Just a five-minute walk from the new Tria hockey facility in downtown St. Paul is Mickey’s Diner, a classic establishment that has served meals at West Seventh Street since 1937.

Heading to this diner following the Otter girls’ state hockey consolation title win at the Tria rink the morning of Feb. 23 was an easy decision.

Mickey’s dining car has been operating 24 hours a day, 365 days a year, for 82 years. This establishment is best noted for its all-day and all-night breakfast menu.

Portion sizes are huge, especially if a person orders eggs, toast, hashbrowns and bacon. We knew in advance that this plate of food was enough for two people.

“We go through 600 pounds of hashbrowns halfway through the week,” said the cook working across from us at the Mickey’s Diner counter. “Our hashbrowns are steamed and shredded from whole raw potatoes.”

Mickey’s buttermilk pancakes were featured by NBC’s Al Roker who also works for the nationally renowned Food Network.

The menu at Mickey’s also includes homemade mulligan stew, hamburgers, ice cream floats, Jumbo French Toast, fish and chips, southern fried chicken, grilled liver in onions with bacon strips and much more.

“My mom frequented Mickey’s Diner when she was a nursing student at the College of St. Catherine back in the 1940s,” said Sally Worum, a 1970 graduate of Fergus Falls High School. “It’s so great that Mickey’s is still at the same location.”

Dining car came from New Jersey

Mickey’s Diner was designed to resemble a railroad dining car from the era of the 1930s.

This classic dining car was manufactured in New Jersey and shipped by rail to St. Paul on a flatbed in 1937. It was built in the Art Deco style.

Movie scenes have been filmed at Mickey’s Diner over the years, including “The Mighty Ducks,” “Jingle All the Way,” “The Danbury Mint” and “Saks Fifth Avenue.”

Mickey’s Diner was placed on the National Register of Historic Places in 1983. The designation helped preserve the diner during urban renewal in downtown St. Paul.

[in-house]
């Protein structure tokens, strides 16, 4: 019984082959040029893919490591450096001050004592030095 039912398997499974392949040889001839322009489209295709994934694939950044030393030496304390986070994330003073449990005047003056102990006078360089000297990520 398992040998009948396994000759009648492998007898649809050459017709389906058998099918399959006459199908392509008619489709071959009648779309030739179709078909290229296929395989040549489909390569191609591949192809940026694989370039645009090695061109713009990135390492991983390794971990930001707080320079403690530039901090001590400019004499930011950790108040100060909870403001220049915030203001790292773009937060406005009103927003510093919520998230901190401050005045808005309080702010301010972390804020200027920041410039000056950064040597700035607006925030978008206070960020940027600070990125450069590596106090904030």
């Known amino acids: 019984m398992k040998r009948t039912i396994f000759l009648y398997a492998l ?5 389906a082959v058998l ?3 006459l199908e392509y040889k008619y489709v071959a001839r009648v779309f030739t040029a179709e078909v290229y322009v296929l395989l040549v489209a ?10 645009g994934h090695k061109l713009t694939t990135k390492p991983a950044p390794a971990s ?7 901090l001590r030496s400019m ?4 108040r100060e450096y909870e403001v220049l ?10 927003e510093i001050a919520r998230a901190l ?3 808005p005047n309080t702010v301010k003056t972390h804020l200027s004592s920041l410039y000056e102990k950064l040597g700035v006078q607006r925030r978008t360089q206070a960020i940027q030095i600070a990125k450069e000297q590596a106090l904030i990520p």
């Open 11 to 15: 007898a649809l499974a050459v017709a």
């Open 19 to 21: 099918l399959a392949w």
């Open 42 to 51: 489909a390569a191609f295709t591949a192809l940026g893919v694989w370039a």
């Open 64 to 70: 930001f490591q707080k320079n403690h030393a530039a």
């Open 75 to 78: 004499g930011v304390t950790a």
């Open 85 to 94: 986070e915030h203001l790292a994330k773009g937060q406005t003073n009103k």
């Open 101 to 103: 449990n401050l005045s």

“Love that place,” said Fergus Falls native Patrick Donoho on Facebook. Another Facebook comment came from Linda Mellon, “Love their breakfasts.”

An online testimonial speaks volumes about Mickey’s Diner in St. Paul.

“Stepping into Mickey’s is a visit back to when diners were neighborhood gathering places and strangers ate together. It has a special history of its own thanks to movies, books and radio shows.”

Dedicated fund for roads, bridges needed

In October 2018 a poll by the Minneapolis Star-Tribune and Minnesota Public Radio found that 56 percent of respondents supported a 10-cent gas tax increase to maintain roads and bridges throughout Minnesota.

Those who say no to a gas tax increase may need to accept an increase in the vehicle registration tax and the motor vehicle sales tax that people pay when purchasing a vehicle.

With roads and bridges in Otter Tail County and across the state in need of repair, people need to realize this is not about a choice between raising taxes or not raising taxes. It’s a choice between living in a state with a safe transportation system or living in a state with crumbling roads and bridges.

“Residents are willing to pay more taxes if it means keeping roads and bridges safe,” says Otter Tail County Public Works Director Rick West. “This was expressed loud and clear in previous months at public meetings held throughout Otter Tail County.”

With overwhelming citizen support, the five-person Otter Tail County Board of Commissioners approved a half-cent county sales tax. Later, they approved a license tab renewal fee of $10 per vehicle that was increased to $20, all dedicated to road and bridge maintenance.

Otter Tail County is larger in size than the state of Rhode Island and paved roads total 1,062 miles.

Our county has 2,225 square miles compared to Rhode Island with1,212.

Tom Hintgen is a longtime Daily Journal columnist. His column appears Saturdays.

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